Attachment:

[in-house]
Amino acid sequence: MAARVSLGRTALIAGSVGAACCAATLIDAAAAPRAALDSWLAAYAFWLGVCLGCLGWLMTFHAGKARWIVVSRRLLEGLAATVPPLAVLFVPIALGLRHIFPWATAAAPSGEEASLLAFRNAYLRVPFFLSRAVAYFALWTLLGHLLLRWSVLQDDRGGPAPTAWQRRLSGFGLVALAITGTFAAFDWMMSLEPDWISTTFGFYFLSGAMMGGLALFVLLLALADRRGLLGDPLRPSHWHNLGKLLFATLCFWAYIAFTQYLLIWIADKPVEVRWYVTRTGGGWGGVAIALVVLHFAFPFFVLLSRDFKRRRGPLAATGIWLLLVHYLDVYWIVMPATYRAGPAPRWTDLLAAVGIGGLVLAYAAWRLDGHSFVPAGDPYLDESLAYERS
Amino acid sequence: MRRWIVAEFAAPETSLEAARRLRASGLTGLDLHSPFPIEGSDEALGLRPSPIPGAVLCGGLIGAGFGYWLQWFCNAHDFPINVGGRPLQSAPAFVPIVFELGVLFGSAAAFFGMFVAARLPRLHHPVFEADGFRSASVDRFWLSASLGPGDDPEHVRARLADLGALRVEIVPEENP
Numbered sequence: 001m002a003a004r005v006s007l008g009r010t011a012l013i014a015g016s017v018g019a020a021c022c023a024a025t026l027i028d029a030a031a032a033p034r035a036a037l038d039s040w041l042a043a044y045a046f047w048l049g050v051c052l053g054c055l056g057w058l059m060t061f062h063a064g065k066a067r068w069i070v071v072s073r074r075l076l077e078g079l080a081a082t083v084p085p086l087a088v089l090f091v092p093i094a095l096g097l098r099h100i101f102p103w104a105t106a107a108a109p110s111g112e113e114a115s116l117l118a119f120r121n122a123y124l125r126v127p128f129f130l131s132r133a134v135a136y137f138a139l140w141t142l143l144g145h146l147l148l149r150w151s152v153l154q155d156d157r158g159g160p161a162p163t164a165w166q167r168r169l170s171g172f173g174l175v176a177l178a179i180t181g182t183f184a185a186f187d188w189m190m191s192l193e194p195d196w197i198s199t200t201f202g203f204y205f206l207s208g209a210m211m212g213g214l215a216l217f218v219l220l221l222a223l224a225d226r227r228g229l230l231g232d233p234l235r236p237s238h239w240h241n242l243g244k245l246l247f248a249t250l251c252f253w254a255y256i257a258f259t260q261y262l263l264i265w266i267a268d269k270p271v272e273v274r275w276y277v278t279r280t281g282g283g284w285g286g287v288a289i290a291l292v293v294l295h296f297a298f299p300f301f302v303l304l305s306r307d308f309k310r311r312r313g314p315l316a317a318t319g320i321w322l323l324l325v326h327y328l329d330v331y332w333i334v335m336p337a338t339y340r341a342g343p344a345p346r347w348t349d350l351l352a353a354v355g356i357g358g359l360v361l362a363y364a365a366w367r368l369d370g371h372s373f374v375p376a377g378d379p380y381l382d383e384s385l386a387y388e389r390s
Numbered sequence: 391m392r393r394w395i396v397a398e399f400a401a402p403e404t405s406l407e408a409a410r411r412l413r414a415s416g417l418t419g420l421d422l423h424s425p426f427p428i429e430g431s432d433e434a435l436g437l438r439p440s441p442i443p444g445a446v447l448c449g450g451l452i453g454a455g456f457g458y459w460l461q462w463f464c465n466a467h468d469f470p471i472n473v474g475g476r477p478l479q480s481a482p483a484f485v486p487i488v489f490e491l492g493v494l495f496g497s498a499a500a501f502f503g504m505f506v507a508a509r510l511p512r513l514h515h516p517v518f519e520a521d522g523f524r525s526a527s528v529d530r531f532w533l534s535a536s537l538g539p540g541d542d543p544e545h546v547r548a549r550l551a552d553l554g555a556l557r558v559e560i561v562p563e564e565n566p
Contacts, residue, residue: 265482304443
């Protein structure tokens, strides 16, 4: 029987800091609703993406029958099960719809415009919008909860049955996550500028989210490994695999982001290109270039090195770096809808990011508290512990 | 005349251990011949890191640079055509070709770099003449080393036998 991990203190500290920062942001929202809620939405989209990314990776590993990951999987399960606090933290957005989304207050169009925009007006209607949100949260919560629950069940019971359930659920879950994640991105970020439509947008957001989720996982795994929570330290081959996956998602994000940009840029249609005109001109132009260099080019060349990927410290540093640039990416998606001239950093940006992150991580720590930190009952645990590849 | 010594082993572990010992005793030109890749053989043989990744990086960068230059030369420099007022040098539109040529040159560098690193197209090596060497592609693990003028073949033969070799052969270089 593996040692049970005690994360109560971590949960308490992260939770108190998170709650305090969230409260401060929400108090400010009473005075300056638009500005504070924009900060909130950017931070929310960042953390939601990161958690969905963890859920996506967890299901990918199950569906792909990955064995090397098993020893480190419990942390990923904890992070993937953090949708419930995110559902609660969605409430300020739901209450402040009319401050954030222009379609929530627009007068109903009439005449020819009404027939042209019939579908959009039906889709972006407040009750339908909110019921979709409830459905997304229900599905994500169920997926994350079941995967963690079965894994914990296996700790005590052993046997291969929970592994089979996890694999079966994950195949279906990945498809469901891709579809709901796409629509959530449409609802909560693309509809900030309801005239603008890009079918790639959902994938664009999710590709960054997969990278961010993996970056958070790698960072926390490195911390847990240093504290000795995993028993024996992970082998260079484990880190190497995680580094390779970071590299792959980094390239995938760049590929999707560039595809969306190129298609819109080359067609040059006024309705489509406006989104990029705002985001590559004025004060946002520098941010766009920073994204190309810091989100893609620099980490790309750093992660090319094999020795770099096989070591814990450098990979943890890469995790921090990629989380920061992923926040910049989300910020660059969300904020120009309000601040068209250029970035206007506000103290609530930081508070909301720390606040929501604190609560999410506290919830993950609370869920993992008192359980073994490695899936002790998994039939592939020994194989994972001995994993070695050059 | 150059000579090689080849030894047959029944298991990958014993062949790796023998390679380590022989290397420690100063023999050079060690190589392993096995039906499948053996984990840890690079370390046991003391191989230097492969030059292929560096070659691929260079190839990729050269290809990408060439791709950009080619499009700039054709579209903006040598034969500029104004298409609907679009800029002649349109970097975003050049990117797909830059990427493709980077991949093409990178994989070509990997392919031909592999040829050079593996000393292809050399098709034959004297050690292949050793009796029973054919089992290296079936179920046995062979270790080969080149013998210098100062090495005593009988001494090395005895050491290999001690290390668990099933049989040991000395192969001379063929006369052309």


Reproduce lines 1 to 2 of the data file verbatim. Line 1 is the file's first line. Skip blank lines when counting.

[in-house]
Amino acid sequence: MAARVSLGRTALIAGSVGAACCAATLIDAAAAPRAALDSWLAAYAFWLGVCLGCLGWLMTFHAGKARWIVVSRRLLEGLAATVPPLAVLFVPIALGLRHIFPWATAAAPSGEEASLLAFRNAYLRVPFFLSRAVAYFALWTLLGHLLLRWSVLQDDRGGPAPTAWQRRLSGFGLVALAITGTFAAFDWMMSLEPDWISTTFGFYFLSGAMMGGLALFVLLLALADRRGLLGDPLRPSHWHNLGKLLFATLCFWAYIAFTQYLLIWIADKPVEVRWYVTRTGGGWGGVAIALVVLHFAFPFFVLLSRDFKRRRGPLAATGIWLLLVHYLDVYWIVMPATYRAGPAPRWTDLLAAVGIGGLVLAYAAWRLDGHSFVPAGDPYLDESLAYERS